GM food not a 'silver bullet'
Cape Town - There is no "silver bullet" to ensure food security, particularly in developing countries, a researcher has said.
The food crisis in developing countries has led some to propose that widespread use of genetically modified organisms (GMOs) might be effective in ensuring that the poor have guaranteed access to food.
"Most of uses of GMOs are on large scale farms - for commodity crops - and not the crops such as indigenous vegetables and grains, that could help improve nutrition and income," senior researcher Danielle Nierenberg at the World Watch Institute told News24.
As negotiators from nearly 200 countries debate the future of a global deal to mitigate the impact of climate change, food security and access for the poor has emerged as a key concern.
"I think there's been too much of a focus on silver bullets and simply increasing yields. It's not the quantity of food grown that needs to be increased, but necessary investments, especially in agricultural research, infrastructure, marketing and storage, need to be made, to 'feed the world'," Nierenberg said.
Earthlife Africa also expressed its opposition to GMOs.
"GMOs are a sin against humanity because firstly, we're not short on food on this planet. If we took current food production and shared it equitably with every woman, man and child, then each human being could get a kilo of grain, half a kilo of fresh food, and half a kilo of all the others: Egg, cheese and such like every day," said Muna Lakhani, Cape Town branch co-ordinator for Earthlife Africa.
As vulnerable communities are exposed to extreme weather events related to climate change, the price of food increases, leading to famine.
"Since 2010, food prices have increased by nearly 40% in many developing countries - these higher than normal prices impact the poor the most," said Nierenberg.
She has extensive experience in Africa, having spent time evaluating 300 food projects in 25 countries and urged policy makers to adopt practices that promote diversification of farming on the continent.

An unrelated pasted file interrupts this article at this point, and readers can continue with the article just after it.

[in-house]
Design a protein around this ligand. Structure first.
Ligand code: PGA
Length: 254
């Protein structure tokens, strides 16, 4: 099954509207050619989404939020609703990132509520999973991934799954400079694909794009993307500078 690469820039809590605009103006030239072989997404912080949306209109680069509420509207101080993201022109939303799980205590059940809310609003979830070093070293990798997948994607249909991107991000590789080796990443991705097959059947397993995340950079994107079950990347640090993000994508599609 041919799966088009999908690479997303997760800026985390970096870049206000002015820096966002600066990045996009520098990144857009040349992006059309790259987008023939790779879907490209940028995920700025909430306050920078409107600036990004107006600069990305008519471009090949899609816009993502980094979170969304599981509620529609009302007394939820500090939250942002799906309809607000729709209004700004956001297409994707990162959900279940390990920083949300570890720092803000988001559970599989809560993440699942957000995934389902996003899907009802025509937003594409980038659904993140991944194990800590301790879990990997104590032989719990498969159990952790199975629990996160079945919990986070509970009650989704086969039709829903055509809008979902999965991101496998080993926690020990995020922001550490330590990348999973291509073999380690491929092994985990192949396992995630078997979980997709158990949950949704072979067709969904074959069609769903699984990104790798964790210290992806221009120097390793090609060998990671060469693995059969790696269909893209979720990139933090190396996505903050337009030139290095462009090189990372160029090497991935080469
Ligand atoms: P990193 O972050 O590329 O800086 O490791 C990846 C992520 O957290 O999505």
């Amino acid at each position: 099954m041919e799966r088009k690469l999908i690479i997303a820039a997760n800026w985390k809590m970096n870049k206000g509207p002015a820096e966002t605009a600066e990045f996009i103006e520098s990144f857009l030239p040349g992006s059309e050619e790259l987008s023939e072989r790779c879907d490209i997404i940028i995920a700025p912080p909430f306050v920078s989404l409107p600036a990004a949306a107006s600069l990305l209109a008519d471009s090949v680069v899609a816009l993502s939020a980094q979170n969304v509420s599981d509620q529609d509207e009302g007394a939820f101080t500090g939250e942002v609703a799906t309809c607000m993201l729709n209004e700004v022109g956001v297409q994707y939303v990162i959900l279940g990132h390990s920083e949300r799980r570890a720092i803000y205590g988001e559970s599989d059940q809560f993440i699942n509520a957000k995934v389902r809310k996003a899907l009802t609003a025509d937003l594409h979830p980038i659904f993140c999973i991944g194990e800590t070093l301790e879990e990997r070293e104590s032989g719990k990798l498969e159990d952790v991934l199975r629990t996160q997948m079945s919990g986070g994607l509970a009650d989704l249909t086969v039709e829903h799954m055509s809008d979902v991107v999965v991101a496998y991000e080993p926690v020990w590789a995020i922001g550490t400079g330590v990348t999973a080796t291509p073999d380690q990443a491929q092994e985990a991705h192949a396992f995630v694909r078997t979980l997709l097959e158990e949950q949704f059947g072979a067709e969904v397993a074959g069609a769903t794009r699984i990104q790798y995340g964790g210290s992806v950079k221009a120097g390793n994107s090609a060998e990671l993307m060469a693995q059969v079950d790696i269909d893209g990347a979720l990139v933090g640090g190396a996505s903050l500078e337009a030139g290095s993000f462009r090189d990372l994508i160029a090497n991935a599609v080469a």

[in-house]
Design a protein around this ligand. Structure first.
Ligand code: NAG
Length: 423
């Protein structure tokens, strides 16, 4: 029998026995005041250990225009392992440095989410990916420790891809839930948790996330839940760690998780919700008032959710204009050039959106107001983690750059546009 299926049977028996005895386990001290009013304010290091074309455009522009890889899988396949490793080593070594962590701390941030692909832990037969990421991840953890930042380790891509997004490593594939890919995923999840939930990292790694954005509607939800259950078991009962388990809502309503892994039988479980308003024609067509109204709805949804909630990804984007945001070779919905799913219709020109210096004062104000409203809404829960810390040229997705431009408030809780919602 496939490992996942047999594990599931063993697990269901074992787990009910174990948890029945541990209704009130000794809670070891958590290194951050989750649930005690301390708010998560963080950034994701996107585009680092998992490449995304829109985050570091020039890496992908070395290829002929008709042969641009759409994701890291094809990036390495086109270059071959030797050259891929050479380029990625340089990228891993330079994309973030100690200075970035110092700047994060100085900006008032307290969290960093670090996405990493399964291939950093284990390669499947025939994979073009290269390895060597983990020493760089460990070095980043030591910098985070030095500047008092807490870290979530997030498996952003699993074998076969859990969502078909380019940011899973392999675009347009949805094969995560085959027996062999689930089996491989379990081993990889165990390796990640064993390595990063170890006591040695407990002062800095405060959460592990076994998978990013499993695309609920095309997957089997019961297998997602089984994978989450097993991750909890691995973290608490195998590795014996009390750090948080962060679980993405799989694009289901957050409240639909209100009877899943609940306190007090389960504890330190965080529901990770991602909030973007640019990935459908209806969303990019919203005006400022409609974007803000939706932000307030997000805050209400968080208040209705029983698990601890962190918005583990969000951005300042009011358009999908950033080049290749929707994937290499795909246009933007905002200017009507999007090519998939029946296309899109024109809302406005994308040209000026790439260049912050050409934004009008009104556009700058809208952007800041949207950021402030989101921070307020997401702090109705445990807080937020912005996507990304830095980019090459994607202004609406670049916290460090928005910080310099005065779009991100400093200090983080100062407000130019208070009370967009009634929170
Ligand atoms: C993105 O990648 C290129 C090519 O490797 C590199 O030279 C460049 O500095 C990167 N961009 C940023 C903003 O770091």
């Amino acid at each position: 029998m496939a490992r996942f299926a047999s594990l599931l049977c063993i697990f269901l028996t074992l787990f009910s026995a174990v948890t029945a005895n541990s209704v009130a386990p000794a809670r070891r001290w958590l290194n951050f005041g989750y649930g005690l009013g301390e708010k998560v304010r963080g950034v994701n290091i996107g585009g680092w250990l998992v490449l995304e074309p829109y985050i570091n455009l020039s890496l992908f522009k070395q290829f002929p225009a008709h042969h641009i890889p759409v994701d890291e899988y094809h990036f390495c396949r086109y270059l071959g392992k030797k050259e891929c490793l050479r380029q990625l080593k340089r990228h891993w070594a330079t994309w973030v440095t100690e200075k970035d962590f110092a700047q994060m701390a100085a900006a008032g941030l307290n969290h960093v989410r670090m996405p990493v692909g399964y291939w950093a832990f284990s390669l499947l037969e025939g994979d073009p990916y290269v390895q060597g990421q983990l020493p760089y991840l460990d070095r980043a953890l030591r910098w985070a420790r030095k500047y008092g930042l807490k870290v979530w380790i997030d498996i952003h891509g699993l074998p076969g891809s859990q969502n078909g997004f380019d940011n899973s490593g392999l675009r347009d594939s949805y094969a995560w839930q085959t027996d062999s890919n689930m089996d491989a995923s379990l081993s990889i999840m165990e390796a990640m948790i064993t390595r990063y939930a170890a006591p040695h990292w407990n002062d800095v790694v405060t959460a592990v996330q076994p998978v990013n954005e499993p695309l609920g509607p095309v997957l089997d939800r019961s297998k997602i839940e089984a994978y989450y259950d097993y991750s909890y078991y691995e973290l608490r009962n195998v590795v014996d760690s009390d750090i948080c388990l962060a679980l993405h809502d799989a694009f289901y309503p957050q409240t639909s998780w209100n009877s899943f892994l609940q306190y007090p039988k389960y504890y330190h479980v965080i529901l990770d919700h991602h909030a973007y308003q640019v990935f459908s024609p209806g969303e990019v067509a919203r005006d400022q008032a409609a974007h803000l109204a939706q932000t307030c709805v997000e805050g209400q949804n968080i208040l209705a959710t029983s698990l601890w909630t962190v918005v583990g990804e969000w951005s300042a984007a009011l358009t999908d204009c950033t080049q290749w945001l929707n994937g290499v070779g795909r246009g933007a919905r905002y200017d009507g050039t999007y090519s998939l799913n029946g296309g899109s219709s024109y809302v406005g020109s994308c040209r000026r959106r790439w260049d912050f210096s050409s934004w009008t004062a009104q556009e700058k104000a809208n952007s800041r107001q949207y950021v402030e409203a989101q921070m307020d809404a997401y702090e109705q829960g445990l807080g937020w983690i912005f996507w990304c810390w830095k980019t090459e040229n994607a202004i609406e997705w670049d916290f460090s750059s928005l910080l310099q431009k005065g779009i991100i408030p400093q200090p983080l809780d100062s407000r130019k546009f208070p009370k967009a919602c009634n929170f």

She suggested that one of the strategies that could employed to mitigate against the effects of climate change was to plant trees that absorbed carbon from the atmosphere.
"Incorporating trees on farms can help increase yields by building soil fertility, reducing erosion, retaining water, or providing shade. And many species produce high-value fruits, timber, fodder, or medicine that can be sold or used to meet household needs. Ecosystem benefits like habitat creation and carbon sequestration are added benefits," Nierenberg added.
She said that there were many projects on the continent that demonstrated the willingness to compensate farmers to take measures to mitigate the effects of climate change.
"There are at least 75 projects in 22 countries across Africa [that] are in the works to begin compensating farmers and rural communities for storing carbon in their soils, including a proposal to create an African Agricultural Carbon Facility that could incubate projects in rural communities and help connect them with buyers."
One of the sticking points of the COP 17 conference is the structure and funding of a proposed $100bn climate fund that would fund climate change projects in the developing world.
But against the backdrop of a deepening debt crisis and sluggish global economy, it is unclear how the fund will be financed.
Nierenberg said that African farmers were employing local solutions to alleviate the effects of climate on food production.
"Farmers all over sub-Saharan Africa are doing things like - in Malawi - where subsidies have made farmers dependent on fossil-fuel based fertiliser, many farmers are choosing an alternative. Instead of using artificial fertiliser, they're planting leguminous trees among crops."
She added that an overlooked strategy for dealing with food production was a waste.
Africa is particularly susceptible to waste because of inefficiencies in transportation systems, poor governance and dependence on the pricing in world markets.
"Twenty to 50% of all food is wasted before it ever reaches people's stomachs. Waste tends to be insidious - a few percent is lost in the field, a few percent is lost in storage, a few percent is lost in transport, and a few percent is lost at home," said Nierenberg.
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